Good old-fashioned Cat 5e or Cat 6 network cabling has some serious advantages over WiFi as far as local area networking is concerned. For example, wired cabling is intrinsically more secure than wireless networking as it requires some sort of mechanical intervention to eavesdrop on or perform a man-in-the-middle attack against. LAN cabling can also carry a much higher bandwidth for data transmission than your run-of-the-mill, garden-variety WiFi network. A wired network is also much more resistant to electromagnetic interference than WiFi as this article from NetworkWorld explains.
On the other hand, there are certain situations where you might obviously prefer a wireless network solution than laying down some twisted-pair network cables. One of the more obvious of these is when installing a cable would involve ripping up flooring or knocking sizeable holes in your walls. Hey, why didn't they design houses with false ceilings or floors? I don't know.
Another problem with wired cabling is when you need to run it outdoors, for example to connect two buildings together in a campus or connect an outdoor CCD security camera to your home security system. WiFi networking is the most common way of solving these kinds of problems, but as I said it might not be the best approach depending upon your constraints (with security being the primary consideration). Let's take a brief look at some of the ways you can approach the problem of running LAN cabling outdoors.
Go for direct burial
If you need to run a network cable outdoors for any appreciable length, you'll probably want to bury it instead of hanging it in the air where birds can peck on it and the elements can work their damage. For this purpose you'll need to obtain some direct burial cabling, which comes in various grades from Cat 5 through Cat 6.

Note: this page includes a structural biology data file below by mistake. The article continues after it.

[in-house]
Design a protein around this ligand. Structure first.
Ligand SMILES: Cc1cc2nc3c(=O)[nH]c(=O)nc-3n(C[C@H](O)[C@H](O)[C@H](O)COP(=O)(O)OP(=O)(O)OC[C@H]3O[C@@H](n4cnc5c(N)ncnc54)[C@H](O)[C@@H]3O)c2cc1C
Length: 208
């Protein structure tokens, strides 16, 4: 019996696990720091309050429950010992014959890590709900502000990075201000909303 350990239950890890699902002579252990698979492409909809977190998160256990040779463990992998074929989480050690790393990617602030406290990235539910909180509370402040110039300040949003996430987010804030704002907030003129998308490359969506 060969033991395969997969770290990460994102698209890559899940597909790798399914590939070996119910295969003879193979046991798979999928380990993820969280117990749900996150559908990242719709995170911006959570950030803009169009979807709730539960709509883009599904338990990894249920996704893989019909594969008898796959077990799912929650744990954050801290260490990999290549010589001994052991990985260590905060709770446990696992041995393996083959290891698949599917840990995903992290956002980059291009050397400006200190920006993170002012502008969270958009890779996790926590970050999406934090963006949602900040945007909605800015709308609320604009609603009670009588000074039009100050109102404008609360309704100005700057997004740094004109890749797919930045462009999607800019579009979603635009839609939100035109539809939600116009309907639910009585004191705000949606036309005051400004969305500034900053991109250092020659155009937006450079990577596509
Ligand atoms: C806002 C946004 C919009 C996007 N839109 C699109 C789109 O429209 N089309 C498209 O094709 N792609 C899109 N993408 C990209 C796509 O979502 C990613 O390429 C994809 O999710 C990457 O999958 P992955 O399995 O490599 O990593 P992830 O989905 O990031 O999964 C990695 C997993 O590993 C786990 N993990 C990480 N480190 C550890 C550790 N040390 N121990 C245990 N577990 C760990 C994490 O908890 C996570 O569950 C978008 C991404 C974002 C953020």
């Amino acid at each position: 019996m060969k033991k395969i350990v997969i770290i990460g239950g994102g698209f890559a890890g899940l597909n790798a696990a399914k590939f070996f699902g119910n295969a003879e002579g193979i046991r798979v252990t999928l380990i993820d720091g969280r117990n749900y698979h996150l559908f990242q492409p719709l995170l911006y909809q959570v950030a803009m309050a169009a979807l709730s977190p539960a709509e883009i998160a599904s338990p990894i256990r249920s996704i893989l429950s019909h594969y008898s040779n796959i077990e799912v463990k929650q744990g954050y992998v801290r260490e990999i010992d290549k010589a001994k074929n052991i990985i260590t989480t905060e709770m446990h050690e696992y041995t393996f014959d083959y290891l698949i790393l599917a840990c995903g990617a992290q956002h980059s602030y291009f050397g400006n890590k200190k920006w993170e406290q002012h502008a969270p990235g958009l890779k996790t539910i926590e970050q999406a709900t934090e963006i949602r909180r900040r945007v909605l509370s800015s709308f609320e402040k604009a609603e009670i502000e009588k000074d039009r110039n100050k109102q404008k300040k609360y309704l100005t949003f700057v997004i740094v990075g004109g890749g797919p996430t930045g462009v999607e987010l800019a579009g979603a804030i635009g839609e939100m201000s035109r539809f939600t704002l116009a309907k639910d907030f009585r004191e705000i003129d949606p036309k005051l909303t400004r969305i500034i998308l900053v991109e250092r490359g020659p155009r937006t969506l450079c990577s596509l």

Direct burial cables are made with a special insulating jacket composed of either polyvinyl chloride (PVC) for the cheaper variety, or the better Linear Low-Density Polyethylene (LLDPE), which has strong protection against impact so it won't be punctured and is highly resistant to deterioration even in harsh environments. These cables are generally filled with a special gel for moisture protection or have their twisted pair wires wrapped with a special water-resistant tape. They're also usually shielded for extra protection from RF interference, and they're available from a wide variety of vendors including Amazon though I prefer the types available from Structured Cable Products. Monoprice is also a great place to look for good deals on bulk outdoor network cabling.
Laying down a conduit
While simply burying a cable can be a workable solution, it's often better if you also use a conduit for your cable run. While laying down a conduit properly does mean you can avoid the added cost of needing direct burial cabling, it's always best to use such cabling instead of the cheaper and less durable indoor Cat 5e cabling because conduits can fail under harsh environmental conditions like heavy rainstorms.
In addition to providing extra protection for your cabling, the other basic advantage of a conduit is that you can easily run more cables if you need to. If you need to pull an additional network cable through a conduit that already has other cables in it, the simplest way is usually to attach and use a string to pull the new cable -- provided, of course, that you can get the string through the conduit. Of course, it would make sense to leave a string in the conduit when you bury it in the ground.